Extract from "The Story of Two Noble Lives" by Augustus J C Hare, published by George Allen in London in 1893.
(A book about Lord and Lady Canning)
Volume 11, page 369.
"Friday, Dec. 4 (1857). - The poor woman whose baby I was godmother to brought it to show before embarking for England. Her husband had just been promoted to a good appointment in Cawnpore before the mutiny there. He was an officer of the line in engineer employment. They went to the neighbourhood of the entrenchment and pitched a little tent outside. He felt it was very unsafe, and that at any moment the troops might rise, and he put his wife and two or three little girls in a carriage, with two sepoys of his regiment sitting in top to guard them. It was the last carriage that went along the road from Cawnpore to Allahabad ! She said people were taking their evening drives as if nothing unusual was at hand, and this was the very end of May, more that a fortnight after Meerut. At Allahabad a friend had given her a share in her room at the fort just before the mutiny on June 6. I cannot describe the feeling of seeing those little innocent sweet-looking children, who so very narrowly escaped being murdered, or, as they say, thrown up into the air and caught on bayonets !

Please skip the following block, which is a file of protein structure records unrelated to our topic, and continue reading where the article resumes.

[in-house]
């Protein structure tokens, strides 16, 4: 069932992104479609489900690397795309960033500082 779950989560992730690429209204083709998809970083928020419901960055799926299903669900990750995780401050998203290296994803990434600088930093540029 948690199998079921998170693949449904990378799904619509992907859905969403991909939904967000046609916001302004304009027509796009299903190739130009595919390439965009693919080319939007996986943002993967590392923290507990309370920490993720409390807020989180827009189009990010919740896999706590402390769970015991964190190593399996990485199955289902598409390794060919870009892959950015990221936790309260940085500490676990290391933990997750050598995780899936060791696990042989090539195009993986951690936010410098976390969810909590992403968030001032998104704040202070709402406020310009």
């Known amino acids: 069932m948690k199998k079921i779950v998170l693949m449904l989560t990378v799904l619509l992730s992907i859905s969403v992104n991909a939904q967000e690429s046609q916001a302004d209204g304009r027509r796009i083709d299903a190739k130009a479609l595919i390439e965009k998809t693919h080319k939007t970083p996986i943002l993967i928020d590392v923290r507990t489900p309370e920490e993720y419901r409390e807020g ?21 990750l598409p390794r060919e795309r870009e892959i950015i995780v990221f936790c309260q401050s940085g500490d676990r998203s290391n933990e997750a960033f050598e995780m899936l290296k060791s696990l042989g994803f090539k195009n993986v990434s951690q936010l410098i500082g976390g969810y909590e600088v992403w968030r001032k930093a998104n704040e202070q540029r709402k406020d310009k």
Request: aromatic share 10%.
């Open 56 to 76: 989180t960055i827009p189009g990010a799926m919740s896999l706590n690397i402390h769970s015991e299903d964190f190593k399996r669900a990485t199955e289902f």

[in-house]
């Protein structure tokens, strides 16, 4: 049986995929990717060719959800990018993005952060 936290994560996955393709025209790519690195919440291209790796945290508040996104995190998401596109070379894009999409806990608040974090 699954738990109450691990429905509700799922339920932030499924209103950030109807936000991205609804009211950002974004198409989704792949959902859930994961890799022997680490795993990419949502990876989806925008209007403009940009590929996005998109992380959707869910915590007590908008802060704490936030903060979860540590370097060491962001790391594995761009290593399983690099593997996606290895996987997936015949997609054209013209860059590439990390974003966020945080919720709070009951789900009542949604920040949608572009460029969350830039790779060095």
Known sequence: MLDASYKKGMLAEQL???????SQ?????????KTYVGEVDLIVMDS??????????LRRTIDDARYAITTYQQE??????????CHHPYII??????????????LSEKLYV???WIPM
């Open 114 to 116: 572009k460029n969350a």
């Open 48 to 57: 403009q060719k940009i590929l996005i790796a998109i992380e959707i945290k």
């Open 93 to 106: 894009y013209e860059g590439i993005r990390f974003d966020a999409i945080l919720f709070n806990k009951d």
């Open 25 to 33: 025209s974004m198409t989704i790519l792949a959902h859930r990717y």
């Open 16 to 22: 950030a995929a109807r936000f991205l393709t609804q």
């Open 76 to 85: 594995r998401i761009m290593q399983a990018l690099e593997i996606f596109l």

"I knew nothing about this poor Mrs. Angelo, but she and Mrs. Mawe were both in the same house, and their babies were born the same week. I could not refuse when she asked me to be its godmother. Mrs Talbot stood for me. The Government pensions her and her children, and I find she is generously dealt with in getting a year's salary of her husband, and the charity fund pays passage and gives outfit. The husband must have been killed in the boats.
RFM Canning 12/96Back to the Angelos